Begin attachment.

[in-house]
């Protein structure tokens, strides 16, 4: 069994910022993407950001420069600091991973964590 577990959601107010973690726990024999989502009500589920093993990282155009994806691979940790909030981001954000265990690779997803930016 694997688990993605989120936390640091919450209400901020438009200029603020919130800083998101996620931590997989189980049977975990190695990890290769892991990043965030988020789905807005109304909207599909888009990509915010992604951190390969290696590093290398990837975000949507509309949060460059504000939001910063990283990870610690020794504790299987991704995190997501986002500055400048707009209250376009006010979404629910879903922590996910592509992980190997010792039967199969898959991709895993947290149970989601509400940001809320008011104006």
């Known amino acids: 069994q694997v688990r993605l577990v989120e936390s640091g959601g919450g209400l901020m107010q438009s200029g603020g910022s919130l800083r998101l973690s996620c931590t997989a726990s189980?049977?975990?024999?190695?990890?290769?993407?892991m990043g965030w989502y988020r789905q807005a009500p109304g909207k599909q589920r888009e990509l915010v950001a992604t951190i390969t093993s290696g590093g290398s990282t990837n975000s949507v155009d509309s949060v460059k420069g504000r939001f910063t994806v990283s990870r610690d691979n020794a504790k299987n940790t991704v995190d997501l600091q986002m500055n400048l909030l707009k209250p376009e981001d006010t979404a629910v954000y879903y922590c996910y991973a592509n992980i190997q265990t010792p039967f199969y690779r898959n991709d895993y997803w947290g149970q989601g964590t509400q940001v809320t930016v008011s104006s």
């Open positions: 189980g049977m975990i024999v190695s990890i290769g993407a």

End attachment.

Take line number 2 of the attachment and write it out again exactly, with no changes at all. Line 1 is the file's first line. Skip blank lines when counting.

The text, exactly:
């Protein structure tokens, strides 16, 4: 069994910022993407950001420069600091991973964590 577990959601107010973690726990024999989502009500589920093993990282155009994806691979940790909030981001954000265990690779997803930016 694997688990993605989120936390640091919450209400901020438009200029603020919130800083998101996620931590997989189980049977975990190695990890290769892991990043965030988020789905807005109304909207599909888009990509915010992604951190390969290696590093290398990837975000949507509309949060460059504000939001910063990283990870610690020794504790299987991704995190997501986002500055400048707009209250376009006010979404629910879903922590996910592509992980190997010792039967199969898959991709895993947290149970989601509400940001809320008011104006």